Umarex Smith & Wesson M&P 327 TRR8 revolver


The Umarex Smith & Wesson M&P TRR8 revolver doesn’t seem to be particularly well known compared to the more popular Umarex replicas.  It’s an all-metal, 4.5mm BB shooter which internally looks to be very similar to the Umarex Ruger Superhawk and the Dan Wesson/WinGun series of revolvers.  Like them, it features removable shell casings into which BBs are loaded.  Unlike these other revolver replicas, this one shoots like a laser.  It’s one of the most accurate air pistols I have ever used, and that includes a number of pellet shooters with rifled barrels.  How can a BB shooter be so accurate?  Honestly, I have no idea but this is a pistol worthy of attention from anyone who values precision shooting.

Real steel background

A detailed look at the background to Smith & Wesson and the development of the .327 cartridge is provided in the Umarex S&W 586/686 review.  Link at the bottom of this article.



The Smith and Wesson M&P 327 TRR8 (Tactical Rail Revolver, eight-shot capacity) is an eight-shot revolver intended for military and law enforcement use (thus M&P).  To keep weight down, the N series frame is made of a scandium alloy while the cylinder and five inch barrel are stainless steel (though the barrel is enclosed within an alloy shroud).  The pistol is chambered for .327 Magnum and .38 special rounds and features adjustable V-notch rear sights and a replaceable foresight.  Unusually for a revolver, the TRR8 features an under-barrel accessory rail and can be fitted with an upper rail.  It’s a reliable, rugged and accurate handgun which has proved very popular since its introduction in 2006.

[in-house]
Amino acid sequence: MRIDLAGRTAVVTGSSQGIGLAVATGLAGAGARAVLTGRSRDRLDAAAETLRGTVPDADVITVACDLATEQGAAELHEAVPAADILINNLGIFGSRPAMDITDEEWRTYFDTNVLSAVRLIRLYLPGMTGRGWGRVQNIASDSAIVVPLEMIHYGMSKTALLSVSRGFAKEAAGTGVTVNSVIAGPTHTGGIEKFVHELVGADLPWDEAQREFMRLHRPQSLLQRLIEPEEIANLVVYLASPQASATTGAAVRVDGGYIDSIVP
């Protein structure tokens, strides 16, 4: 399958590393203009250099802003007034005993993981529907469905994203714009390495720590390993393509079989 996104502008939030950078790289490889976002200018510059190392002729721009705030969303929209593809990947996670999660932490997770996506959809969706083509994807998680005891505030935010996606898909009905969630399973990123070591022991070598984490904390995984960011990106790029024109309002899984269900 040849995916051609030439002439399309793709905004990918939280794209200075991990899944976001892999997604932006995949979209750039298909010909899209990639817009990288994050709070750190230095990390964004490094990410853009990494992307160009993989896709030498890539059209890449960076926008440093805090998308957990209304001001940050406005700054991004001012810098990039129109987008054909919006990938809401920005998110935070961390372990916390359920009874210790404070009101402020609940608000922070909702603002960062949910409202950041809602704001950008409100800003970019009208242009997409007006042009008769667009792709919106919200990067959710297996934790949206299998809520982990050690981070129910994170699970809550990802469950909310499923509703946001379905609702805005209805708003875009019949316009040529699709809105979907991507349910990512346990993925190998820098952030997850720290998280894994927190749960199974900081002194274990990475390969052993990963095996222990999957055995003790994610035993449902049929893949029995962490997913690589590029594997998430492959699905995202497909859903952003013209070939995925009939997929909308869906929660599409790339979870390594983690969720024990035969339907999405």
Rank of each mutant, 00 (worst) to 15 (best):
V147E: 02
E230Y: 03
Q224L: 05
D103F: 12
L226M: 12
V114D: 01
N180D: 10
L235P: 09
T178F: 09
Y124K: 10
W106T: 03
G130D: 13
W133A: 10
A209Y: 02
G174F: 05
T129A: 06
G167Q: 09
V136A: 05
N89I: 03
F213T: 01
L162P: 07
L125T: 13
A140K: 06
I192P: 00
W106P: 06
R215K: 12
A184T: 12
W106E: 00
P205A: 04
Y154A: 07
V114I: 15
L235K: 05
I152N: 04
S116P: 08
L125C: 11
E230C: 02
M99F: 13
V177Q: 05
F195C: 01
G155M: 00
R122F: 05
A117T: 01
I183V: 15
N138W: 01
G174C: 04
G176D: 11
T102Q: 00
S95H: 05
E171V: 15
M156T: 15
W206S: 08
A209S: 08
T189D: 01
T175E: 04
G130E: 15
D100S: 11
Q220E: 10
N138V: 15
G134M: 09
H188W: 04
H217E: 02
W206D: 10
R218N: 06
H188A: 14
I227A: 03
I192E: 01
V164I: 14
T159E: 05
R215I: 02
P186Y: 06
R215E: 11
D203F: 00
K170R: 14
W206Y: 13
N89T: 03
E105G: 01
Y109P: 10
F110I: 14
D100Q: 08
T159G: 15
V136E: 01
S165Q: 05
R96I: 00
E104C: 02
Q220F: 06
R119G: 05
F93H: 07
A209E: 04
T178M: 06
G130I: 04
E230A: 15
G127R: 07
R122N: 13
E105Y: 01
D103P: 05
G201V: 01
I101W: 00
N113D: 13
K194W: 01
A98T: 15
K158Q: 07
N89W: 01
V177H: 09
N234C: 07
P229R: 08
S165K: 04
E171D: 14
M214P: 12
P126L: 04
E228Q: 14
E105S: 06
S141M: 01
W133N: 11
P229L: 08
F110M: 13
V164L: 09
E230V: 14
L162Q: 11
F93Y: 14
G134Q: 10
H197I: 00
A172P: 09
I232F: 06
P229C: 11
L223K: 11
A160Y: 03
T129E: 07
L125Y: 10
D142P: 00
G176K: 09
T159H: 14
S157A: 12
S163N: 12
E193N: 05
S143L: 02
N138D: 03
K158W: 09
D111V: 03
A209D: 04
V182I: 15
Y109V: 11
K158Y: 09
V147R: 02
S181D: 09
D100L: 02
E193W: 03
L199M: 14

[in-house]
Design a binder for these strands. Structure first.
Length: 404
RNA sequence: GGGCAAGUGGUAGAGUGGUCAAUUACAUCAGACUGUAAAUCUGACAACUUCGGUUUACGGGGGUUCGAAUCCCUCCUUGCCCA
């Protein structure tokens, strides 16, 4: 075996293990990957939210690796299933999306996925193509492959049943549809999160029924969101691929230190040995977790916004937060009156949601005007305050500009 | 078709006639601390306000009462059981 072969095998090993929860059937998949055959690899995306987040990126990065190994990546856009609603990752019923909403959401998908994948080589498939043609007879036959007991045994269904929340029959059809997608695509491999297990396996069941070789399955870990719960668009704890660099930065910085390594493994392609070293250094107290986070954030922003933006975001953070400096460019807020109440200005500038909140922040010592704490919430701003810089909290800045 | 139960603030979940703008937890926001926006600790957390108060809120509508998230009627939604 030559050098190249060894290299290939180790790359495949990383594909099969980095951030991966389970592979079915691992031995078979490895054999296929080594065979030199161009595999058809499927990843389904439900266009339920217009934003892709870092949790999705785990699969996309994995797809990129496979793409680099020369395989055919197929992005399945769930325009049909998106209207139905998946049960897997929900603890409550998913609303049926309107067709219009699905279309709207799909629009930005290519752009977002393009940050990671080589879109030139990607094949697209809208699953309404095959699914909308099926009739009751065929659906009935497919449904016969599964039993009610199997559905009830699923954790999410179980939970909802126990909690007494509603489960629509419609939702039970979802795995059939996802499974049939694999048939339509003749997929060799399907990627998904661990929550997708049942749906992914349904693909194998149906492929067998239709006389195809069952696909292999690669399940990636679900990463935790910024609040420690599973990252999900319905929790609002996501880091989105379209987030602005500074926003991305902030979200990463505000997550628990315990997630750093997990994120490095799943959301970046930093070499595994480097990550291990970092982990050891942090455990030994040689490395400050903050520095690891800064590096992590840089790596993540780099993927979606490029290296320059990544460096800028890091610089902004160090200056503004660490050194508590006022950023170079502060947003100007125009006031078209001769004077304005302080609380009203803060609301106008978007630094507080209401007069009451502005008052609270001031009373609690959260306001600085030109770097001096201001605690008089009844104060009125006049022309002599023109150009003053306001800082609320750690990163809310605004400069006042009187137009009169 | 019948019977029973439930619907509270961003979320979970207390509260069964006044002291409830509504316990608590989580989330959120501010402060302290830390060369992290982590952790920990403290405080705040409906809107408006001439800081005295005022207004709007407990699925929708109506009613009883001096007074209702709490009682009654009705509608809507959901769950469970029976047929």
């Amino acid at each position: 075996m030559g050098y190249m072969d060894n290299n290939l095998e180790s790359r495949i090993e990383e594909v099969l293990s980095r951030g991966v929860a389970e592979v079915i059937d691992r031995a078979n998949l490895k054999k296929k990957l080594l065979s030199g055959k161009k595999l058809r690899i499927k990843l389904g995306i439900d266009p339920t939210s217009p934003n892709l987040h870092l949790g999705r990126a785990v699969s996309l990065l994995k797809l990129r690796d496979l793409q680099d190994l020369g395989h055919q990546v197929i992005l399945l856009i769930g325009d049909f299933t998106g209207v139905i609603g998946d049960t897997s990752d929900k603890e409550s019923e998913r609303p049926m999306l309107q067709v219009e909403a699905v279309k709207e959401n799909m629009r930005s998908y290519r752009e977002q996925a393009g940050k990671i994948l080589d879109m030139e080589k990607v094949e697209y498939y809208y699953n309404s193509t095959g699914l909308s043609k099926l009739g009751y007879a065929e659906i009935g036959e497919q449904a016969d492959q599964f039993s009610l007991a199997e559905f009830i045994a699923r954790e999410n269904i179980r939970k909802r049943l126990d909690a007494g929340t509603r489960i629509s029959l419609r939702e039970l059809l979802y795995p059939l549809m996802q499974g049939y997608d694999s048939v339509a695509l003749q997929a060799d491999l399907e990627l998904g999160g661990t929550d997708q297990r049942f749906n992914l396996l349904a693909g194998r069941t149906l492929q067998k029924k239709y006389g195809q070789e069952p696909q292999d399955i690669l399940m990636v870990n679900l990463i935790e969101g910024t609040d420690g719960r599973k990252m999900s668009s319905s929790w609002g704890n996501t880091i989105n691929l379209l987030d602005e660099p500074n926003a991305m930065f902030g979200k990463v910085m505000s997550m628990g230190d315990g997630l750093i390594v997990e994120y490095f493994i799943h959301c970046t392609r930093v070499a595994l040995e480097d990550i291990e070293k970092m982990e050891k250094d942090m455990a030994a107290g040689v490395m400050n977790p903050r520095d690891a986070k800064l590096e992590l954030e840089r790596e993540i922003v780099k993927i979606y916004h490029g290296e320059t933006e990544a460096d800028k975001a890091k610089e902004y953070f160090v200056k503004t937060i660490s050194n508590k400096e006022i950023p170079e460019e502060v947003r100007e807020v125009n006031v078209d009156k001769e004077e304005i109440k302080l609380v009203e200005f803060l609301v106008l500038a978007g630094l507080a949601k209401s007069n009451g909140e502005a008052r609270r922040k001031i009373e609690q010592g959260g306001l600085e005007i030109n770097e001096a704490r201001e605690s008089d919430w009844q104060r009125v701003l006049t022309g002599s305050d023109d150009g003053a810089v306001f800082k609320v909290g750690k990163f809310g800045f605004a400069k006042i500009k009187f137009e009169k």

The Umarex Smith & Wesson M&P 327 TRR8

The Umarex Smith & Wesson M&P 327 TRR8 (Snappy title, eh?  To save my typing finger, I’ll just call it the TRR8 from now on) is a six shot, CO2 powered revolver with removable shell casings.  CO2 is stored in the grip, the rear part of which hinges backward to give access.  This is a licensed replica which features S&W markings and an S&W logo on the grips.  The rear sight features windage and elevation adjustment and both front and rear sights have fibre-optic inserts in place of dots.  The TRR8 is available in black or polished steel finish.  In some markets this pistol is sold as the “Umarex S&W Dominant Trait“.


The pistol features removable shell casings into which BBs are loaded and which shoot through a light alloy inner barrel which is sprung to provide sealing with the cylinder face.  The replica is mostly metal other than for the grips.  As far as I’m aware, no 6mm version of this pistol is available.

I purchased my TRR8 in as-new second-hand condition.  However (and I didn’t notice this until it was pointed out to me later) the base of the shell casings are marked “Dan Wesson”.  Other TRR8s seem to come with shell casings which are marked “S&W”.  So, I presume the seller of my pistol got the shell casings mixed up, though I suppose it’s possible that some TRR8s come with Dan Wesson casings?  Whatever the reason, it shoots very well using these shell casings.


Calibre: 4.5mm

Capacity: 6 round cylinder

Propellant: CO2

Barrel length: 5.4″

Weight: 2.0 pounds

Length: 12″

Sights: Fully adjustable rear, front and rear feature fibre-optic inserts.

Action: SA/DA

Packaging and presentation  2.5/5